Last year, Trevor Yanuszewski spent about $100,000 — including money withdrawn from his 401k retirement plan — to start Hot Dogs and Cool Cats Mobile Grooming, LLC. He went to school, scoured the country for a van, had it retrofitted and registered his business. When Yanuszewski was finally ready to open, it was the realization of a long-time dream — happening at the start of the pandemic.
“I was worried,” said Yanuszewski. “I didn’t think about the fact that it was a blessing in disguise.”
As the stay-at-home order took effect just as Yanuszewski opened his business in late March, he was able to slip into the void left by grooming salons who were forced to shut down. It turns out that mobile grooming is the perfect way solution for dog and car care during social distancing.
“They can come to the front door, hand off the dog and that’s it,” Yanuszewski says. “They can even pay online.”
As grooming salons around the state reopened, many had long waits as they tried to service a backlog of grooming clients. That provided another opportunity for Yanuszewski, who was able to book appointments the same week that a potential client called. For six weeks through May and early June he was booked solid. Although business has slowed a bit since then, Yanuszewski is getting many return customers.
“Once they recognize how much I love their animal and how careful I’m going to be, I win some people over,” he said.
To try and expand his customer case, Yanuszewski has used some Facebook ads. He’s planning to have his website optimized for search engines, so it will be easier for potential customers to find him. In the meantime, he’s servicing a large area in the south of the state in order to reach as many customers as possible. Eventually he’d like to focus his business on his hometown of Derry and the surrounding towns, but for now he’s happy to travel where business is. He’s also learned to prioritize clients who want more than one animal groomed for increased efficiency.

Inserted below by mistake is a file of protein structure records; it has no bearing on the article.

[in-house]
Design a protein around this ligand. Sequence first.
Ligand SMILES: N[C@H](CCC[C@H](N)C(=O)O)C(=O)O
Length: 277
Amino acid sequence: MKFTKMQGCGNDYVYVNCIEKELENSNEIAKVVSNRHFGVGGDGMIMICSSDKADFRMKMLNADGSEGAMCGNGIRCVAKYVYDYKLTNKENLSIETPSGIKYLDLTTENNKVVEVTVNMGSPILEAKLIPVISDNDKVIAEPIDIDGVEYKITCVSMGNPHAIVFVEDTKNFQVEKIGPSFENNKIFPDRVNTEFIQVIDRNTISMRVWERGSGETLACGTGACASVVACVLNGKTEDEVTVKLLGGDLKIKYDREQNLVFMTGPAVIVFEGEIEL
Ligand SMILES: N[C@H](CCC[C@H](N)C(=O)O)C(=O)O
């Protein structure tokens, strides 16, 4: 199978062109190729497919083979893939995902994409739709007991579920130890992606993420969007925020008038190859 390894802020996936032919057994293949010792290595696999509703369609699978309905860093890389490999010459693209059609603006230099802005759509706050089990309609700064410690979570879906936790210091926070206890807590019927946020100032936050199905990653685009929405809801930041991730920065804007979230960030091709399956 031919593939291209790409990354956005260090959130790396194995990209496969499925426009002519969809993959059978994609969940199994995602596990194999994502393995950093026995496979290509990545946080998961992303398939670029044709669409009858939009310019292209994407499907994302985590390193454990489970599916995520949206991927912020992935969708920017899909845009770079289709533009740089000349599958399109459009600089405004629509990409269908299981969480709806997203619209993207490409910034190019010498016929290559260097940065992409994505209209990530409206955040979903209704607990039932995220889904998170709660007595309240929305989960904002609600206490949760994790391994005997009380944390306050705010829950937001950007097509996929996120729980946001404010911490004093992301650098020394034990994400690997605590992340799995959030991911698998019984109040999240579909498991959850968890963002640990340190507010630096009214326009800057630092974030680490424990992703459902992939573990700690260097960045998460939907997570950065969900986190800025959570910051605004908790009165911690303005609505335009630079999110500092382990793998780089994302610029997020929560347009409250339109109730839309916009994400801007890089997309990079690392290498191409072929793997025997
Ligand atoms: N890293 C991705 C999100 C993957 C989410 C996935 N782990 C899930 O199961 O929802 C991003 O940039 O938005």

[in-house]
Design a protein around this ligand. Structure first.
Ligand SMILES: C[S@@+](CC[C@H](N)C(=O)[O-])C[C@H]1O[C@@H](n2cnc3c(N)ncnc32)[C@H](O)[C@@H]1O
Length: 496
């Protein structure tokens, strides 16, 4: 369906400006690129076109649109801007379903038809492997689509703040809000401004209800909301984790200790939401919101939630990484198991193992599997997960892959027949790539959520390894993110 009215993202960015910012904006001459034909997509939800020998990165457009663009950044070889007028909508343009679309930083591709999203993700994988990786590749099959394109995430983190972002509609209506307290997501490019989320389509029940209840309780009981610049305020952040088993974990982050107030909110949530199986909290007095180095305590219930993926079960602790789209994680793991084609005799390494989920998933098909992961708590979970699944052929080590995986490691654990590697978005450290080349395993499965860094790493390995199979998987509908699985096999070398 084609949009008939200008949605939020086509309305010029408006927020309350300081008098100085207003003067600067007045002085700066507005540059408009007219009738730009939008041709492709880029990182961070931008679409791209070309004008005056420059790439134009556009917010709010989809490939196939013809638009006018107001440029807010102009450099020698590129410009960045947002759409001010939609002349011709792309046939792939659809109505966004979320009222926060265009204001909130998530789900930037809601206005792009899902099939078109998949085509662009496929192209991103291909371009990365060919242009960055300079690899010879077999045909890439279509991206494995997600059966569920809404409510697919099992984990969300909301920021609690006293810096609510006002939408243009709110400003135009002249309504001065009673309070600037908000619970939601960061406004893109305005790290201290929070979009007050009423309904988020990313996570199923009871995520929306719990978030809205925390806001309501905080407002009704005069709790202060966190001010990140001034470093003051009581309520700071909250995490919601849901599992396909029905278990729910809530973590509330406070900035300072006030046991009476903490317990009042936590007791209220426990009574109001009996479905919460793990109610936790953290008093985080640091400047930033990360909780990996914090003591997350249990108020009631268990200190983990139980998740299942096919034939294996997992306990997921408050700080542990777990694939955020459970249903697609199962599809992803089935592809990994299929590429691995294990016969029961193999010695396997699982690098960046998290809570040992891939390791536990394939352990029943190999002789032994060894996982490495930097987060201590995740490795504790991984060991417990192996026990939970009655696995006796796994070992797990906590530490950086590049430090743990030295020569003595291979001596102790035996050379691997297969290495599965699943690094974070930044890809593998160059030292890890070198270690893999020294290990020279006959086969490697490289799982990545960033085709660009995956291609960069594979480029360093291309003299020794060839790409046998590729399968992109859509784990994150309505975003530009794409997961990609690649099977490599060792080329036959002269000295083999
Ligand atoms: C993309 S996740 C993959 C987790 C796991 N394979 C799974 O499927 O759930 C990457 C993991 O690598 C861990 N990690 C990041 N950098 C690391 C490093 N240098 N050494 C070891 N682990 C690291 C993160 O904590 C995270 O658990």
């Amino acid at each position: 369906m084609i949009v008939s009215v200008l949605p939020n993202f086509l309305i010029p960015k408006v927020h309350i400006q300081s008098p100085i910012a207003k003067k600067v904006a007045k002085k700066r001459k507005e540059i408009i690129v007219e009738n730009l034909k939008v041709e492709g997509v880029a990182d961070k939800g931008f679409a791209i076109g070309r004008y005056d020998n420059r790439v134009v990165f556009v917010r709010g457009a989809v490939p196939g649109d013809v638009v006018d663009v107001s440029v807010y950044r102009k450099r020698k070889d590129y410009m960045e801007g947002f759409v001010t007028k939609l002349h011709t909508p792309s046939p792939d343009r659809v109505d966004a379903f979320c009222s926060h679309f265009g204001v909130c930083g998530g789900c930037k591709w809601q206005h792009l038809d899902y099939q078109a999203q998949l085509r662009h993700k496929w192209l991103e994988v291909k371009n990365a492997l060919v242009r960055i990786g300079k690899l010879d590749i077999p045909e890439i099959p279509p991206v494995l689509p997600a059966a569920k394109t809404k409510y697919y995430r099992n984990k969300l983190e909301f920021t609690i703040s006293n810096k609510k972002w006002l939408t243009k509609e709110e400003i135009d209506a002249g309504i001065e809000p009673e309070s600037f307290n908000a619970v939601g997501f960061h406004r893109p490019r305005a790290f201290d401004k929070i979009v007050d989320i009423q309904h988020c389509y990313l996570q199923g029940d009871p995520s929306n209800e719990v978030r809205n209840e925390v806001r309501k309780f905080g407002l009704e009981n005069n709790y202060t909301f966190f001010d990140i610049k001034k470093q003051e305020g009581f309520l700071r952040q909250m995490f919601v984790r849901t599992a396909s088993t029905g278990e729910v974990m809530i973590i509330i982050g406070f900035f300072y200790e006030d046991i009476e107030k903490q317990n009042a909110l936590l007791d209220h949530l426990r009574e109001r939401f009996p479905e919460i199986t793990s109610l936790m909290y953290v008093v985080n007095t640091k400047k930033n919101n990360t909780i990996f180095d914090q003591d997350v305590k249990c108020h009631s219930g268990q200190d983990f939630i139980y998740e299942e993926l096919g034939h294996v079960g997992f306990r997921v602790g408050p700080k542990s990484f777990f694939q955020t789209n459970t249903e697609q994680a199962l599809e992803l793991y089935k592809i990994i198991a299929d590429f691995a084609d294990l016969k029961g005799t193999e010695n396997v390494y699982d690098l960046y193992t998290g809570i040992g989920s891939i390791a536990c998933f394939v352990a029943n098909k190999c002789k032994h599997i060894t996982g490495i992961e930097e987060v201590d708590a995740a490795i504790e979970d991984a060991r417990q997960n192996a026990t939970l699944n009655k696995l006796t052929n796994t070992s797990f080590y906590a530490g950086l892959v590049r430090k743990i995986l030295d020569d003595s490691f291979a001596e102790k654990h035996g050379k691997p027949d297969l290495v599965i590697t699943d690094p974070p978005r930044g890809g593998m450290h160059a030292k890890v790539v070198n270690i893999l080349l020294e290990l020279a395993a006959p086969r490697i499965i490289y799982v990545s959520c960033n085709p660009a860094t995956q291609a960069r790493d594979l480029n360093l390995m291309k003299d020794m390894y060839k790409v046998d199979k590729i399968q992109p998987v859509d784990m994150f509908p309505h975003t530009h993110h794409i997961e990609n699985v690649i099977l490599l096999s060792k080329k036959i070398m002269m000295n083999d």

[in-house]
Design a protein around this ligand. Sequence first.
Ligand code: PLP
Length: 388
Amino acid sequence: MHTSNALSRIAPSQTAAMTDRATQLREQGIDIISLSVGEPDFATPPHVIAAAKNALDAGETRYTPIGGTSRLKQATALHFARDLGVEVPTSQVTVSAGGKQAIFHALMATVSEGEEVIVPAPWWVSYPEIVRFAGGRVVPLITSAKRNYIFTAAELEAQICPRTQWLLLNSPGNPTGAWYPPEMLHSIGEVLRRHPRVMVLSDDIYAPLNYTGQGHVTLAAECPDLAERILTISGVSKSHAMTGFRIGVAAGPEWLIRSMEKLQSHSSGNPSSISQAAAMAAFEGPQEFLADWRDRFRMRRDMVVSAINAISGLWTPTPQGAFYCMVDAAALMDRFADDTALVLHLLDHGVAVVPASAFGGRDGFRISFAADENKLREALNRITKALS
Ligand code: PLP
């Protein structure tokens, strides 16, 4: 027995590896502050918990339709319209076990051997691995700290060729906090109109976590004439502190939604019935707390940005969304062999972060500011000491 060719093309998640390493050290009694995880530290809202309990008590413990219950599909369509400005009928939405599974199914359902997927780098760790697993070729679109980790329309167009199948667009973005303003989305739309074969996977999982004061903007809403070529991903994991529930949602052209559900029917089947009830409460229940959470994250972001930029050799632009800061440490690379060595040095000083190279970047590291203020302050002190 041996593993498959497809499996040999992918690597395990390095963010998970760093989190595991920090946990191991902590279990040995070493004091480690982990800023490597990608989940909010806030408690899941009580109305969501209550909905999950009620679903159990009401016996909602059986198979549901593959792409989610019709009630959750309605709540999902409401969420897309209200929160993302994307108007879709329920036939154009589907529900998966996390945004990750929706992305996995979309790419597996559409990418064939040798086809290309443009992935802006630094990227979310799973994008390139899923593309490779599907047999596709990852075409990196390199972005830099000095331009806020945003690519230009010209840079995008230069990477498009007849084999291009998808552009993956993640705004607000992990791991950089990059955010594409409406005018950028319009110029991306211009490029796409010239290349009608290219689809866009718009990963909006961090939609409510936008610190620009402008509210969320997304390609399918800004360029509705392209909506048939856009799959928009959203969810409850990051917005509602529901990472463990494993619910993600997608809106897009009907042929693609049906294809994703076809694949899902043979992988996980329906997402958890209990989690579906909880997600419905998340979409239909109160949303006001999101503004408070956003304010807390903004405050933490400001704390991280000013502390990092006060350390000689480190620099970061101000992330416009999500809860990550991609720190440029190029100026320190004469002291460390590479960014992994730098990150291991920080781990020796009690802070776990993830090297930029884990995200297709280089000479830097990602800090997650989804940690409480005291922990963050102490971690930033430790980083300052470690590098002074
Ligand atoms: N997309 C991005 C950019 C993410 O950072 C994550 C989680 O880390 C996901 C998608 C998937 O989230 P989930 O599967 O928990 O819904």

Even as the pandemic and its economic implications drags on, Yanuszewski is confident that Hot Dogs and Cool Cats will have new customers. Last year, Americans spent more than $95 billion on their pets. Even if the recession reduces that, there’s still plenty of demand to go around, Yanuszewski believes. While some people see grooming as optional, many of his customers prioritize top-notch care for their pet, he said.
“People love their pets just like they’re members of the family. I’m the same with my dogs.”
Mobile grooming typically costs up to 40% more than grooming in a salon because it’s a premium service, Yanuszewski said. There’s no wait, no travel, and no need to worry about your dog waiting in a crate until the groomer is ready for them.
“Mobile grooming is a luxury and a convenience,” he said.
During the coronavirus, it’s also a way for people to keep their pets healthy and looking great, without risking exposure.
“It is far safer during the pandemic to stay at home while your dog is being groomed,” Yanuszewski said. “It’s up to the client, but if they prefer, there doesn’t have to be any social interaction at all.”
This story is part of the 50 Businesses, 50 Solutions series, shared by partners in The Granite State News Collaborative, that aims to highlight how business leaders across the state, from mom and pop shops, to large corporations have adapted to meet the challenges and disruptions caused by the novel coronavirus in the hopes others may be able to replicate these ideas and innovations. Tell us your story here. For more information visit collaborativenh.org.